CHARLESTON, W.Va. – In times of crisis, West Virginians say they don’t have took far for help. That’s been the case since the do-not-use water order was issued Thursday.

Along with state and FEMA officials providing water for those in the nine impacted counties, private individuals, businesses and organizations have stepped up as well.

This weekend the non-profit Americans for Prosperity’s West Virginia chapter set up tents and a drive-thru in the Columbia Natural Gas parking lot. The group paid for a truckload of bottled water that was handed out.

“What better way to help people than to give them water? They need this,” said Wendy McCuskey, a member of the non-profit.

On Saturday, volunteers handed out more than 2,500 cases of water. As of early Sunday afternoon, they’d given away an additional 1,000 gallon jugs and more than 500 cases of water.

“This is West Virginians helping each other. That’s what we’re all about,” McCuskey said.

In downtown Charleston on Virginia Street, partners at the law firm Mani, Ellis & Layne purchased 250 cases of water, which they passed it out to those who drove by.

John Mani said it didn’t take long for people to start pulling up.

“It’s been a steady flow since 2 p.m.—a half hour before it was even supposed to start,” he said.

The partners picked up the water in Clarksburg and drove it back to Charleston.

“Everyone keeps asking, ‘Do I have to pay for this? Do I have to give a donation?'” Mani said. “No. Please take the water and pay it forward.”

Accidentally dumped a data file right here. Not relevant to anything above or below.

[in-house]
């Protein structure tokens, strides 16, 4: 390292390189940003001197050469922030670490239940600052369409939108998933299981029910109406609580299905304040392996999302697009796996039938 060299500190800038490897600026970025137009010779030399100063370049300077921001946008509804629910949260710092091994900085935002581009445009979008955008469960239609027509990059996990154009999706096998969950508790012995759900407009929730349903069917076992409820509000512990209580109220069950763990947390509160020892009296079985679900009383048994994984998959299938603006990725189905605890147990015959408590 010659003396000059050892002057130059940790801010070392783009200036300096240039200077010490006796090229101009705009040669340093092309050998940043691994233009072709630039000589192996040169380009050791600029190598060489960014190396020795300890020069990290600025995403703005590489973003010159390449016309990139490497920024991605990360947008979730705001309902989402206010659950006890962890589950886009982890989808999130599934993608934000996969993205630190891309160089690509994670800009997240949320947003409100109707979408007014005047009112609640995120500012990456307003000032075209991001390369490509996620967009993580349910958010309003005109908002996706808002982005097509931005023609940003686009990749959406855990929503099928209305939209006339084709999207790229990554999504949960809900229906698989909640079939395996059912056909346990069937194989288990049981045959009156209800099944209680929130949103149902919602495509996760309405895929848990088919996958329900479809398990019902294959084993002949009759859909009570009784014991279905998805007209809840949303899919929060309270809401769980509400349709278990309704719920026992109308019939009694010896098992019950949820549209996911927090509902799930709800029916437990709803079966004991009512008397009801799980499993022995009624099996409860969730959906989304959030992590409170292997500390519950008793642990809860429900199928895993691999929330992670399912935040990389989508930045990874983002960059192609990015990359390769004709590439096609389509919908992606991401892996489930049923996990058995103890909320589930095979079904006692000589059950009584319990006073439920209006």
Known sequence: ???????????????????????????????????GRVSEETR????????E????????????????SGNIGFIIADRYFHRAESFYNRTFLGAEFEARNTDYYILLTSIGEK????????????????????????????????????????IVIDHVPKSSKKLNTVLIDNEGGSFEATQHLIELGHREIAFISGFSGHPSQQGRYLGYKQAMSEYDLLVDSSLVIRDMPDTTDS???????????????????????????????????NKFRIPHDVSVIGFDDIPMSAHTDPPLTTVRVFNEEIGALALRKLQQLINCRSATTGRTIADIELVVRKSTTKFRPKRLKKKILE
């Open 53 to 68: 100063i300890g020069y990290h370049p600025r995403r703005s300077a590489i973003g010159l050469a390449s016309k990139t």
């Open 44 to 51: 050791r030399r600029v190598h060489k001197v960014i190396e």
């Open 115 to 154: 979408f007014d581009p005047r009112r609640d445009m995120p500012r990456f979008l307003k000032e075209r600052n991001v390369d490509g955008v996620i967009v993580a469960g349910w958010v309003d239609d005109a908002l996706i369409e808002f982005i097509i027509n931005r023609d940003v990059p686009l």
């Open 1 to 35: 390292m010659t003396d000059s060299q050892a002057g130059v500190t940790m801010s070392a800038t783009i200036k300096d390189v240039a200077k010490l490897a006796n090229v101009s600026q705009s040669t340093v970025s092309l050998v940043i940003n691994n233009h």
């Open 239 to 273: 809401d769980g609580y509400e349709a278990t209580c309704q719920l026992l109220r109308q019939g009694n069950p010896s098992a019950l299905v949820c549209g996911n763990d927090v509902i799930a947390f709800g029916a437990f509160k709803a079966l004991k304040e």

Even individuals were in the giving spirit. Ronny Callender, of Charleston, had six cases of water to start the weekend. However, four of those went to elderly members of his church who didn’t have any. Callender stopped by the Charleston Boys and Girls Club Sunday afternoon to get more water for his family.

“It’s been hard but it seems like everybody I’ve seen has been so nice. West Virginia people are always nice and this just proves it,” he said.

bubble graphic


bubble graphic


  • wv4evah

    It's this type of reporting that empowers corporations to suck the life-blood from West Virginia, and debase the journalistic profession. Even a cursory amount of research would have linked Americans for Prosperity to the anti-regulation Koch Brothers, whose Georgia-Pacific company suppled the chemical that contaminated the Elk River.


  • Rich

    The Koch Brothers at work.

  • Greg

    Excellent! The best help is always your neighbors.

    • Frank

      Exactly, your neighbors are more efficient than your bureaucratic government. "We can skin a buck and run a trot line and country boys will survive." Many thanks to the law firm.